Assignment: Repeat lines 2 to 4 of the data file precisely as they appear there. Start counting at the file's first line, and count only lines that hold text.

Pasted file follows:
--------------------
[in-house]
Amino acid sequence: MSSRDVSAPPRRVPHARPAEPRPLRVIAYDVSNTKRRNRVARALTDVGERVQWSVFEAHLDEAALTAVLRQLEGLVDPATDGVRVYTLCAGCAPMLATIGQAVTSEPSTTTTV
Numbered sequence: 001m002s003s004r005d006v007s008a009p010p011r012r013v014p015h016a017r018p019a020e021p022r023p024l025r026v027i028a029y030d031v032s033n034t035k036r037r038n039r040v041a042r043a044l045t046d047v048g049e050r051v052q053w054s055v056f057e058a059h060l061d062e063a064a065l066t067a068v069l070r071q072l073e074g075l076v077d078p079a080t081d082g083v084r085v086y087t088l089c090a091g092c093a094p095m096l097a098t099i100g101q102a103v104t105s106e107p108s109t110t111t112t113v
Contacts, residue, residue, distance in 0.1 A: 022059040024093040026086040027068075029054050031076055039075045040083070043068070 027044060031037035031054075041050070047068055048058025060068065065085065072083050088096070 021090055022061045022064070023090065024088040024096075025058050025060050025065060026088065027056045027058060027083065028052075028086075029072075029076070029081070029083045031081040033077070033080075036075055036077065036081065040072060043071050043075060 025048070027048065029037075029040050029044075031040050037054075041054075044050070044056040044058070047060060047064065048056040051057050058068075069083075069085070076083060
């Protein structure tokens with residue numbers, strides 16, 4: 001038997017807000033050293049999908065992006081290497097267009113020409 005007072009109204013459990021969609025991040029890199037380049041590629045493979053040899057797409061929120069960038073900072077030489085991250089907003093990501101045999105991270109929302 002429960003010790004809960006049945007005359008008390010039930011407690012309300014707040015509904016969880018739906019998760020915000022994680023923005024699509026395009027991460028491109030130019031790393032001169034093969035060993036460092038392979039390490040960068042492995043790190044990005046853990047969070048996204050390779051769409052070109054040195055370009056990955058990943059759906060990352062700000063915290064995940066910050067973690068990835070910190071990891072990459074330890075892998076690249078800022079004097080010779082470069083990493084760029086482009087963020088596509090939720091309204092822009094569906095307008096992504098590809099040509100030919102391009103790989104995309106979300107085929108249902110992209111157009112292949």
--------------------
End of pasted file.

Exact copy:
Amino acid sequence: MSSRDVSAPPRRVPHARPAEPRPLRVIAYDVSNTKRRNRVARALTDVGERVQWSVFEAHLDEAALTAVLRQLEGLVDPATDGVRVYTLCAGCAPMLATIGQAVTSEPSTTTTV
Numbered sequence: 001m002s003s004r005d006v007s008a009p010p011r012r013v014p015h016a017r018p019a020e021p022r023p024l025r026v027i028a029y030d031v032s033n034t035k036r037r038n039r040v041a042r043a044l045t046d047v048g049e050r051v052q053w054s055v056f057e058a059h060l061d062e063a064a065l066t067a068v069l070r071q072l073e074g075l076v077d078p079a080t081d082g083v084r085v086y087t088l089c090a091g092c093a094p095m096l097a098t099i100g101q102a103v104t105s106e107p108s109t110t111t112t113v
Contacts, residue, residue, distance in 0.1 A: 022059040024093040026086040027068075029054050031076055039075045040083070043068070 027044060031037035031054075041050070047068055048058025060068065065085065072083050088096070 021090055022061045022064070023090065024088040024096075025058050025060050025065060026088065027056045027058060027083065028052075028086075029072075029076070029081070029083045031081040033077070033080075036075055036077065036081065040072060043071050043075060 025048070027048065029037075029040050029044075031040050037054075041054075044050070044056040044058070047060060047064065048056040051057050058068075069083075069085070076083060